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Posted by Boris Evelson on November 15, 2011
Demands by users of business intelligence (BI) applications to "just get it done" are turning typical BI relationships, such as business/IT alignment and the roles that traditional and next-generation BI technologies play, upside down. As business users demand more control over BI applications, IT is losing its once-exclusive control over BI platforms, tools, and applications. It's no longer business as usual: For example, organizations are supplementing previously unshakable pillars of BI, such as tightly controlled relational databases, with alternative platforms. Forrester recommends that business and IT professionals responsible for BI understand and start embracing some of the latest BI trends — or risk falling behind.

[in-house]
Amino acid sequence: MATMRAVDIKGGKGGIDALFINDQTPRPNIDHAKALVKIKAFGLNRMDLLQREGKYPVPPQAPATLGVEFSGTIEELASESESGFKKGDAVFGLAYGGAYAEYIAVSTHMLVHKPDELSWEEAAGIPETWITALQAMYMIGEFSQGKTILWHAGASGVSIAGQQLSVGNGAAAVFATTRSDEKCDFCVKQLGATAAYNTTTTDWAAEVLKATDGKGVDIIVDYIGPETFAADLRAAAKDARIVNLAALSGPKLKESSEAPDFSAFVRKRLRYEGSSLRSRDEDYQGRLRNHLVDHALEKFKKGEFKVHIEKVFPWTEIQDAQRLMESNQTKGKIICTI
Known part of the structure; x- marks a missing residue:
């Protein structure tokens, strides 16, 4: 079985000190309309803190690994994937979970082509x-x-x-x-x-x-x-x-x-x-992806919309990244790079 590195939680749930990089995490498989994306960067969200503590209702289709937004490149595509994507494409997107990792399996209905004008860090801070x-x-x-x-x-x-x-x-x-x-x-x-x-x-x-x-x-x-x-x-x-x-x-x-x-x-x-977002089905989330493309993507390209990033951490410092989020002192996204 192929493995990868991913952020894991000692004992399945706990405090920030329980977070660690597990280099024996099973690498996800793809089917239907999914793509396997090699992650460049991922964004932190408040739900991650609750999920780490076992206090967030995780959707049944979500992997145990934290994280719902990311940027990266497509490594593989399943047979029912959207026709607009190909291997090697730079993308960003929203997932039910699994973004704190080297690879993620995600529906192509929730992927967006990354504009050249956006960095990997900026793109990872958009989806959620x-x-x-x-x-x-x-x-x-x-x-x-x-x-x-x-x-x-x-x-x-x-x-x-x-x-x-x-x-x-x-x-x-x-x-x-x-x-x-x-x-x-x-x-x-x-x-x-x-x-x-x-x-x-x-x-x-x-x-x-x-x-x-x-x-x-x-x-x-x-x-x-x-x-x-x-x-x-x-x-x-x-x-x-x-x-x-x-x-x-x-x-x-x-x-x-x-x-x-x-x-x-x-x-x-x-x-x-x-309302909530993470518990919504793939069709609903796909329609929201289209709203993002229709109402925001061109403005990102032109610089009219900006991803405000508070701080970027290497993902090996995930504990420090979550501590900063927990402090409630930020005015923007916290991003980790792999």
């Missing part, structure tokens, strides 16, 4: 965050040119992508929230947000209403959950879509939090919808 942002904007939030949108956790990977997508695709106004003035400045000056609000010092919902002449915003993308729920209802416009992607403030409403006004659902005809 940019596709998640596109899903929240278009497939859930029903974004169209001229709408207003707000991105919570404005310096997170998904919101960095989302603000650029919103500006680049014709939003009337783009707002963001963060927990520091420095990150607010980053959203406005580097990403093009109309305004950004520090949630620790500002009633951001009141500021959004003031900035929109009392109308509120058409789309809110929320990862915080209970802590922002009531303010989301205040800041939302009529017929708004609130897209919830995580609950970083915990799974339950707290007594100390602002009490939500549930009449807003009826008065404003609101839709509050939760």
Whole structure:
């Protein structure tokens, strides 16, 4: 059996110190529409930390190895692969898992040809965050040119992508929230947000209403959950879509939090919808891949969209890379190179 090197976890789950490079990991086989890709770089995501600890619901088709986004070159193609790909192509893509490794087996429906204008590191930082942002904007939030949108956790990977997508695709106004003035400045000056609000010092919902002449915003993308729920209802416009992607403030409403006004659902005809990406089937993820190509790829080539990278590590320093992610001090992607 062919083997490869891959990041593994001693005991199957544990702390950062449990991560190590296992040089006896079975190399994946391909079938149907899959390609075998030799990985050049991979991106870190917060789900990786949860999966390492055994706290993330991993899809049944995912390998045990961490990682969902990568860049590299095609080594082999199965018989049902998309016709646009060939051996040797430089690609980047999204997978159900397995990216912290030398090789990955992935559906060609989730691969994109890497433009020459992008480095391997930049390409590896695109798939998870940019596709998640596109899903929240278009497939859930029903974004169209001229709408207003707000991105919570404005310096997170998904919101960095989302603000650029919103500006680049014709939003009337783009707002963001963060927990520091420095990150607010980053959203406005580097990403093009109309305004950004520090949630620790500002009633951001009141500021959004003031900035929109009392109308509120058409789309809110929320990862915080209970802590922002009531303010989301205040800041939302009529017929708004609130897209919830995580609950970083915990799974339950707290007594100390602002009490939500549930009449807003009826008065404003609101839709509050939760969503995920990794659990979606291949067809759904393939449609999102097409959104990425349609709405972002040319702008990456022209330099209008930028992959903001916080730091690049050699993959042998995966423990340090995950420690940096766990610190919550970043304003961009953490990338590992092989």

Traditional BI approaches often fall short for the two following reasons (among many others):
2012 will bring a new set of trends that BI and business process professionals will need to stay on top of. Despite the recession of 2007 to 2009 and continued economic uncertainty in 2010 and 2011, Forrester has not seen any decline in BI efforts among its clients. Actually, businesses have no choice but to act and react quickly in the face of financial volatility and rapidly changing business and regulatory conditions. Therefore, "getting things done quickly" often takes priority over "getting things done in an approved way." These changes force IT to give up some control over BI in favor of working more closely with business users. This forms the basis of most of the trends Forrester sees in how organizations will use BI and what new technologies will go mainstream
For more information please take a look at the detailed research report behind these predictions
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